ccscott49

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We run diesel engines at constant RPM on the rigs for power generation all the time, they do not have the same problems as low use engines. Disel engines should not be run light loaded or no load, they do not like it, the metioned bore glazing etc. Light high revving car turbo diesels do have problems, they are tuned for power form as small an engine as possible. I run mermaid 135hp non turbo sixes, no problems, My brother had two 85hp ford mermaid four cylinder engines that gave good service for 4000 hours! If you start to slap turbos, intercoolers, oil cooled pistons etc on an engine which is the same block etc, you are going to get problems, power costs money. remember the F1 turbo era, 1200 hp, from a 1500 cc turbo petrol engine, something has to give and it did frequently! They changed engines every race. If you want power from a small light diesel you have to accept the reliability will go down with power going up! Light use more trouble. Winterise the negine properly, with the bores and the inside of the engine in preservation oil and all other fluids drained and new oil put in. We used to store chieftain tanks in basically a carcoon, with the engines in pres. they were started once a year, they were always ok, we would put them back in pres. for another year, those engines were fine. Sorry for any spelling mistakes, big fingers, small laptop!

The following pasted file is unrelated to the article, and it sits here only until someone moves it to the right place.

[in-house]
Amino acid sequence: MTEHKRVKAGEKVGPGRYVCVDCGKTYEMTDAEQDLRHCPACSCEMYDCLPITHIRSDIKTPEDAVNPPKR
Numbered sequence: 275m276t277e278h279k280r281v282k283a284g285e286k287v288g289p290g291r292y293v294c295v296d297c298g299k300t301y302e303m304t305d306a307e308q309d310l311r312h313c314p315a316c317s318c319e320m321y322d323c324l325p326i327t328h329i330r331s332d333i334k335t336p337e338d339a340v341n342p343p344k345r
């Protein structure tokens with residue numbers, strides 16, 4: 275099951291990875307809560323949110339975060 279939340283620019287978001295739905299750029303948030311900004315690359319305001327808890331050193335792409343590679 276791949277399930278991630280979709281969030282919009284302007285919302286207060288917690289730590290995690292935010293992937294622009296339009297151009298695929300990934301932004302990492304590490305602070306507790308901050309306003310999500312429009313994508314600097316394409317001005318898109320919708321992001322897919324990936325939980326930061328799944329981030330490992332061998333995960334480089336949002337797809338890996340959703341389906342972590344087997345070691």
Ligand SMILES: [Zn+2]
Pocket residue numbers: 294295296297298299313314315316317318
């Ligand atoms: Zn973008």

miket

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No problem with high engine hours, but 50 hrs pa is not unusual.

The Brokers will try and argue whichever way suits them best.
If the hours are high they will say what you have described.
If the hours are low they will use this as a selling point and charge a premium on the price.

A previous contributor said that the service was important. I agree. If it hasn'y worked much but been well maintained, great.

I am not sure either is a big problem, but believe me, when you take the boat to the Broker in 2 years time, with 1,000 hrs on the clock, they will give a sharp intake of breath, and suggest that "if the hours were lower it would be easier to sell".